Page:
Why does AR belong in the classroom?
Pete Casson, Chief Technology Officer at Twinkl, explores the potential that AR games offer to schools and what we can expect to see in our classrooms in the future
Augmented reality (AR) in education is not a new subject, but it is an area that is being increasingly discussed and explored, and for good reason. New developments have made AR more accessible than ever before, blurring the lines between the physical and digital world. These new advancements are opening up realms of opportunity, but the applications of these to educational settings are still mainly experimental.
Augmented reality combines the physical world with the virtual by superimposing computer-generated images or animations into a real-world environment. Using augmented reality provides new opportunities for learning, predominantly because it allows pupils to see things that are not possible in the real-world. Dinosaurs can be brought into the classroom, working parts of the human body can appear from the page of a book and learners can explore new 3D worlds from the comfort of their own.
What makes an AR game different from other computer games?
Augmented reality games are designed to provide a ‘hands-on’ and immersive experience, as people interact with their real and virtual environment simultaneously. The 3D world that is presented can be explored in different scales and learners can navigate around the space through their own physical movements to explore different details and vantage points. This suits a visual style of learning and those who learn from first-hand experience.
The immersive experience reduces the need to give lots of instructions and so AR games are not bound by language. Movement and sound allow children to discover things the app can do and how they can advance through the game. This encourages independent learning skills and makes AR an ideal platform to create games suitable for children of all ages and abilities.
Augmented reality offers a huge scope for education as a tool for all subjects or curriculums. Any object or landscape can be made into a digital model, which can then be brought to life through AR.
AR games, in general, are less expensive than alternative options, including computer games. Unlike some consoles, applications are cheaper to purchase or in a lot of cases free. Applications can be upgraded through app stores directly, making it easy and cost-effective to keep up with the latest version.
Because augmented reality only requires an application and a tablet or phone it works well for schools.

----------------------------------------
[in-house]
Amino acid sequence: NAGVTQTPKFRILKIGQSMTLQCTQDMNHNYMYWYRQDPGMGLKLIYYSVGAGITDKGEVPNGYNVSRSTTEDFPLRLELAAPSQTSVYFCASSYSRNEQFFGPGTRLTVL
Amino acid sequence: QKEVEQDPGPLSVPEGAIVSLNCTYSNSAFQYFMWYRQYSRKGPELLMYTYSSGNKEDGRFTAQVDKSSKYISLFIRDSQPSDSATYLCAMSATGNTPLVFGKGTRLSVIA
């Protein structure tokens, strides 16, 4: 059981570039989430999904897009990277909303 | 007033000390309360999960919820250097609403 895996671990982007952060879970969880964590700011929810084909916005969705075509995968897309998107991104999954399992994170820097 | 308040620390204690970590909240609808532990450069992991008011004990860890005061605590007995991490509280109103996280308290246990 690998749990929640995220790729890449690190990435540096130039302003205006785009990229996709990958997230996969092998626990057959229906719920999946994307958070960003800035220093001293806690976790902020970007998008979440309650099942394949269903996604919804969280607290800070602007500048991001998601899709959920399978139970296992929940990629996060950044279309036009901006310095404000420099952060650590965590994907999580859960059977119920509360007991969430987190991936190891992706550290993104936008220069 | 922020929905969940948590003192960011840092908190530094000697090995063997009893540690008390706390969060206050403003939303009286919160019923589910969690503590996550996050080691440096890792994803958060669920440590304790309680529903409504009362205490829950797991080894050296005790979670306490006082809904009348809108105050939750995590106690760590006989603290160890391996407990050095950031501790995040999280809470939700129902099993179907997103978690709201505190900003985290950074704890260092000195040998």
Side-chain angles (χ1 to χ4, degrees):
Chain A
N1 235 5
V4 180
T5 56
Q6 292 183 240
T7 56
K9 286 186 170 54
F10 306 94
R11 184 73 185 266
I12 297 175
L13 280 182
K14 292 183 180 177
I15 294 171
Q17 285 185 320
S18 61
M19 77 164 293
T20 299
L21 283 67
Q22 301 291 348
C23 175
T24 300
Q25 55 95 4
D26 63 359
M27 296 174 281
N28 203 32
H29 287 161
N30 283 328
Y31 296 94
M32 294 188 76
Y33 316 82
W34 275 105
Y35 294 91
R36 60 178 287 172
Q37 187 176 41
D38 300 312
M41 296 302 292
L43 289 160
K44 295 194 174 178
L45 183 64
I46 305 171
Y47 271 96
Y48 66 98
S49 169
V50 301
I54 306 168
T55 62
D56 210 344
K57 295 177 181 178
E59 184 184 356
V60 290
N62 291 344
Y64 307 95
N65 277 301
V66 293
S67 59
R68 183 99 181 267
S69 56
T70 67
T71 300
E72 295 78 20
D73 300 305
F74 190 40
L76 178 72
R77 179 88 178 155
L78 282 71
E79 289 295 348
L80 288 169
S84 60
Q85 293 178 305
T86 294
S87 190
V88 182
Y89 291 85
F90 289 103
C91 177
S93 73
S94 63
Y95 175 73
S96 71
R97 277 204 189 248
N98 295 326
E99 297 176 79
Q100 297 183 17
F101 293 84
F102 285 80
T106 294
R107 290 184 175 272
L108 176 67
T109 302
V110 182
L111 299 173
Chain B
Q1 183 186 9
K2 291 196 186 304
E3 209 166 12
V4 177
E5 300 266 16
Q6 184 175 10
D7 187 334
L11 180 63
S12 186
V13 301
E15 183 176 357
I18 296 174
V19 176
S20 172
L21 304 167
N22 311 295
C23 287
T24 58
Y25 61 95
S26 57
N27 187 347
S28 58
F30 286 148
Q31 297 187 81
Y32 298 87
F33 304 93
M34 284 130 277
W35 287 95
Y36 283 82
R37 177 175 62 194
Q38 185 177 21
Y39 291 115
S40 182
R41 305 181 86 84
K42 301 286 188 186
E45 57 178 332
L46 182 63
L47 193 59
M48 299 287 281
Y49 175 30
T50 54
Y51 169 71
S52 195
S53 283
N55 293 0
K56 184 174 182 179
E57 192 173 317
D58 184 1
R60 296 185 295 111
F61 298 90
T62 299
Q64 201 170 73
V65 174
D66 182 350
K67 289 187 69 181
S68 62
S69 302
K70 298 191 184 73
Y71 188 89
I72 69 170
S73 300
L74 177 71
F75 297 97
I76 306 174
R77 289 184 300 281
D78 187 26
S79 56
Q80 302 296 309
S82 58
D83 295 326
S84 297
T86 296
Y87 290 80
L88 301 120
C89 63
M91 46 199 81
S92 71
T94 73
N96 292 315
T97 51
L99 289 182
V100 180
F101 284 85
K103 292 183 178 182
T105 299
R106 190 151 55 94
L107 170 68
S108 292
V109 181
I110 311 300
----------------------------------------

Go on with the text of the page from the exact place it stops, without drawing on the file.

Because augmented reality only requires an application and a tablet or phone it works well for schools. In most cases, this equipment is already available and for the majority of teachers is familiar, meaning that they don’t have to rely on a technical expert to set up the environment.
Google and Apple are both making AR technology free as part of their browser functionality. This is making it easier to access and view 3D and AR models in a wide variety of locations inside and outside the school and home.
What can we expect to see in the future?
As the technology develops, we expect AR to be more widely used throughout schools and education.
At the moment, some AR technology is restricted to certain upgrades of phones or tablets, but we expect that in the future AR will become platform agnostic, meaning it can be used on any device or tablet.
You also won’t need to have Wifi access for many apps, making movement and outside teaching more accessible and appealing with AR content.
Currently, AR offers 2-4 multiplayer games, but future games will offer the ability for more players to work together. It may also be possible for different types of devices to be used to play and interact together. Hopefully in the future whole class groups could be involved in the same activity. One day, even, different classes and schools could connect through the same AR landscape.
In the future elements of the games created with AR will also advance. Digital models will be able to interact with environments and detect real-world objects. For example, at present, a digital model can walk across a table using AR, but would not detect a cup placed on that table. In the future, the model will register the item and walk around it, a concept that has multiple potential applications for the classroom.
Audio and facial recognition is also likely to advance, opening up game-play without the need to touch the screen and personalising the experience.
As any subject will be able to take advantage of new AR technology to support learning, it could potentially be adopted across the whole curriculum.
It’s an exciting time for education and AR. That’s why we’d recommend schools become familiar with the technology sooner – to take advantage of another dimension to learning.